Expert says Ute pipeline best water option

By Marlena Hartz: CNJ staff writer

The water JE Williams needed to brush his teeth and wash his dishes, among other things, ran out less than a year ago. After hauling water from a house he rents in town, the Clovis resident spent a lot of money to build another well on his isolated property. That well will also dry up, probably in six or seven years, he said.

His water woes are shared by other eastern New Mexico rural neighbors.

“Our home is paid for. We are getting ready to retire. Now, we are about to run out of water. How would you feel?,” queried fellow rural resident Linda Teakell.

Although their homes sit on sparsely populated county roads, the water concerns of Teakell and Williams apply to the entire eastern New Mexico region. The saucer-shaped Ogallala Aquifer is the only source of water for municipal and agricultural needs in eastern New Mexico. And continued trends will essentially exhaust the groundwater resource, according to the Eastern New Mexico Rural Water Authority.

The best water resource alternative for the region is the Ute Reservoir, according to water expert Brock McEwen of CM2M HILL, an international water infrastructure and facility design corporation hired by ENMRWA. To meet water demands through the year 2042, more than 360 wells would need to be drilled in Clovis and Portales, McEwen said.

He presented his assessment of five water alternatives Wednesday night to an audience of more than 50 Clovis and Portales residents at the Clovis-Carver Public Library.

The only sustainable water option for the region is to extract water from the Ute Reservoir in Quay County and build a water treatment plant in mid-Curry County to filter the water, said McEwen, with multiple cost comparison charts, maps and graphs in tow. He said the project would skim 16,450 acre-feet of water from the surface of Ute Reservoir per year. It would take seven to 10 years to fully implement the project, said Eastern New Mexico Rural Water Authority Program Manager Scott Verhines.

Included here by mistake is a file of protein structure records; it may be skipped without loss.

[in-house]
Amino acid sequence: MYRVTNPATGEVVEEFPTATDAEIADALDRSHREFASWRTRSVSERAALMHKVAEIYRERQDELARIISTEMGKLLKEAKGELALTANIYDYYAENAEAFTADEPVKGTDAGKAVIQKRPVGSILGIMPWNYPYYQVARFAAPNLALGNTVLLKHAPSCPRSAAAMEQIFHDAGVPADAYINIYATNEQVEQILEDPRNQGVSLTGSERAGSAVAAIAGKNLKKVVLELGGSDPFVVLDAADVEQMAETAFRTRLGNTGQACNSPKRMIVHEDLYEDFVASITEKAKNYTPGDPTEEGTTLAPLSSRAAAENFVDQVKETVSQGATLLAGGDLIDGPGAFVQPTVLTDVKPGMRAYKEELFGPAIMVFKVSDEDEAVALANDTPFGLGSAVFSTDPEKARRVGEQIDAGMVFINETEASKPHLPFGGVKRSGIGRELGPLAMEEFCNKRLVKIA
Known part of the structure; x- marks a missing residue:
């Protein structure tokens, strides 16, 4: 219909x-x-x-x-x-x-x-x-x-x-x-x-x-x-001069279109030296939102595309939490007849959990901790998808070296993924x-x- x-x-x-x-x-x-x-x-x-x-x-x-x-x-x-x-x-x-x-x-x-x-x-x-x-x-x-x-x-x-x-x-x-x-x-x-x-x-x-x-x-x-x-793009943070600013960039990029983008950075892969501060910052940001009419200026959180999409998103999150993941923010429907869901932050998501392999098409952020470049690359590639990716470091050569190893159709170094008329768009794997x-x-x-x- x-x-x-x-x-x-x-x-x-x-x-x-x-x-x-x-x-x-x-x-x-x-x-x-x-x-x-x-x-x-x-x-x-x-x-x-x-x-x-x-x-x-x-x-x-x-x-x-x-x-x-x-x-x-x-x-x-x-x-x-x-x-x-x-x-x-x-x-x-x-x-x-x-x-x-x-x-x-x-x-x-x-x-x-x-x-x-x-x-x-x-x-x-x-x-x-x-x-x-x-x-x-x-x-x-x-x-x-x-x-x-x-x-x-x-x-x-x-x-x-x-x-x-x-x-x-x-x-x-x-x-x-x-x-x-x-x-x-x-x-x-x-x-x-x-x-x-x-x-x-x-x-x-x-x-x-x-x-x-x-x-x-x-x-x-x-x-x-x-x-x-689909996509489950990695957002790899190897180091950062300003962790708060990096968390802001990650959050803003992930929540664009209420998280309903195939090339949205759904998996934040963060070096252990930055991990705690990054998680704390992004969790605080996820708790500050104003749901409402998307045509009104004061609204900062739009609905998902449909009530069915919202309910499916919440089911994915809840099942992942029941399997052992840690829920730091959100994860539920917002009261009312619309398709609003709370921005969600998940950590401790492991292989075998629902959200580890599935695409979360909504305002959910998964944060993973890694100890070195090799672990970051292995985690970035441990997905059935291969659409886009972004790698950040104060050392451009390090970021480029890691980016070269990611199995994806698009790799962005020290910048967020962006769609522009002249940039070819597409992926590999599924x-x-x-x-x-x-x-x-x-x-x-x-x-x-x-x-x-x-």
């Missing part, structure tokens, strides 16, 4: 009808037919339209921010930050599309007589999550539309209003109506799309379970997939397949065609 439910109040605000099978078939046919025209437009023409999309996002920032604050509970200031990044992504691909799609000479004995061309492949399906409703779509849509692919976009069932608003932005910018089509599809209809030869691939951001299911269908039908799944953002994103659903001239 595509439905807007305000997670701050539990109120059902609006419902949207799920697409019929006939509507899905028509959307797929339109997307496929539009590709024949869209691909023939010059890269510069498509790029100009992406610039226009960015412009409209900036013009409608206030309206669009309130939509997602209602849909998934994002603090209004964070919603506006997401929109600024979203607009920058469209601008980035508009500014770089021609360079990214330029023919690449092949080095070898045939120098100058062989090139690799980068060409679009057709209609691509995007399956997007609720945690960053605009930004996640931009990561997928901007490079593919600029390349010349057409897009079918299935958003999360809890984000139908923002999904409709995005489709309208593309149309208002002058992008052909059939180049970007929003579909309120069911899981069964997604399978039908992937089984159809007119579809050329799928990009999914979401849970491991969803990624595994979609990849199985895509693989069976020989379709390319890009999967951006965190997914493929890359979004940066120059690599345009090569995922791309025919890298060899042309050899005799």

The major stumbling block is the project’s cost, McEwen and city officials agree.

It calls for an estimated $370 million. Others fear the project could deplete the Ute Reservoir, a major source of tourism and revenue in Quay County, leaving it a muddy mess and vulnerable in times of drought. McEwen and Clovis Mayor David Lansford said that fear is unrealistic.

City commissioners said an initial request for 80 percent federal funding of the project was denied. The commission submitted a request for 75 percent federal funding, which would leave 15 percent of funding to the state and 10 to local means. The nearly six-month-old request has yet to be approved or denied, Commissioner Randal Crowder said.

Despite funding uncertainties, many city and county officials support the project.

“We have no choice. We have no alternative in my view,” said Clovis Industrial Development Corp. employee Gene Hendrick.